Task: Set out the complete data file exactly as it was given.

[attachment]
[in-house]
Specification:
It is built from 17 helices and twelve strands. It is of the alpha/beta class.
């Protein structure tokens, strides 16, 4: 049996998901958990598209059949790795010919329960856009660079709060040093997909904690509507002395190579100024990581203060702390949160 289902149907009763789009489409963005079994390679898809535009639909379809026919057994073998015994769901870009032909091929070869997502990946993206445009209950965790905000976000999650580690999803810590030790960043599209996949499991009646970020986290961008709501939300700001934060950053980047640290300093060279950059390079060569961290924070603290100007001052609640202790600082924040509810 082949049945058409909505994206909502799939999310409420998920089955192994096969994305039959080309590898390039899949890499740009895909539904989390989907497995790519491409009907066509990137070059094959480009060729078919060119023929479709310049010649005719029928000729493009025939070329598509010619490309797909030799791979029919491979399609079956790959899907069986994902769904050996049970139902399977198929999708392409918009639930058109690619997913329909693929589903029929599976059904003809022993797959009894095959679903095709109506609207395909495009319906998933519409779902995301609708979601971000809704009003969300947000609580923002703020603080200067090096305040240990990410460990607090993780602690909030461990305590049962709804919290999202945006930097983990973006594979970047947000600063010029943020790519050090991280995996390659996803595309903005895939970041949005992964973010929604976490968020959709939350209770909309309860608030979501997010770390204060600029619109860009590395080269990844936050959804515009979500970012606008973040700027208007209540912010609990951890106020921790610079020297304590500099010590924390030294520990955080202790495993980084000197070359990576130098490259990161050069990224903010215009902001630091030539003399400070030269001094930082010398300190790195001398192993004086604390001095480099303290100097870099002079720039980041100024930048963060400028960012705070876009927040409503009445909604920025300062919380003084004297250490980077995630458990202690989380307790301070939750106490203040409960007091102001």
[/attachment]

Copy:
[in-house]
Specification:
It is built from 17 helices and twelve strands. It is of the alpha/beta class.
């Protein structure tokens, strides 16, 4: 049996998901958990598209059949790795010919329960856009660079709060040093997909904690509507002395190579100024990581203060702390949160 289902149907009763789009489409963005079994390679898809535009639909379809026919057994073998015994769901870009032909091929070869997502990946993206445009209950965790905000976000999650580690999803810590030790960043599209996949499991009646970020986290961008709501939300700001934060950053980047640290300093060279950059390079060569961290924070603290100007001052609640202790600082924040509810 082949049945058409909505994206909502799939999310409420998920089955192994096969994305039959080309590898390039899949890499740009895909539904989390989907497995790519491409009907066509990137070059094959480009060729078919060119023929479709310049010649005719029928000729493009025939070329598509010619490309797909030799791979029919491979399609079956790959899907069986994902769904050996049970139902399977198929999708392409918009639930058109690619997913329909693929589903029929599976059904003809022993797959009894095959679903095709109506609207395909495009319906998933519409779902995301609708979601971000809704009003969300947000609580923002703020603080200067090096305040240990990410460990607090993780602690909030461990305590049962709804919290999202945006930097983990973006594979970047947000600063010029943020790519050090991280995996390659996803595309903005895939970041949005992964973010929604976490968020959709939350209770909309309860608030979501997010770390204060600029619109860009590395080269990844936050959804515009979500970012606008973040700027208007209540912010609990951890106020921790610079020297304590500099010590924390030294520990955080202790495993980084000197070359990576130098490259990161050069990224903010215009902001630091030539003399400070030269001094930082010398300190790195001398192993004086604390001095480099303290100097870099002079720039980041100024930048963060400028960012705070876009927040409503009445909604920025300062919380003084004297250490980077995630458990202690989380307790301070939750106490203040409960007091102001």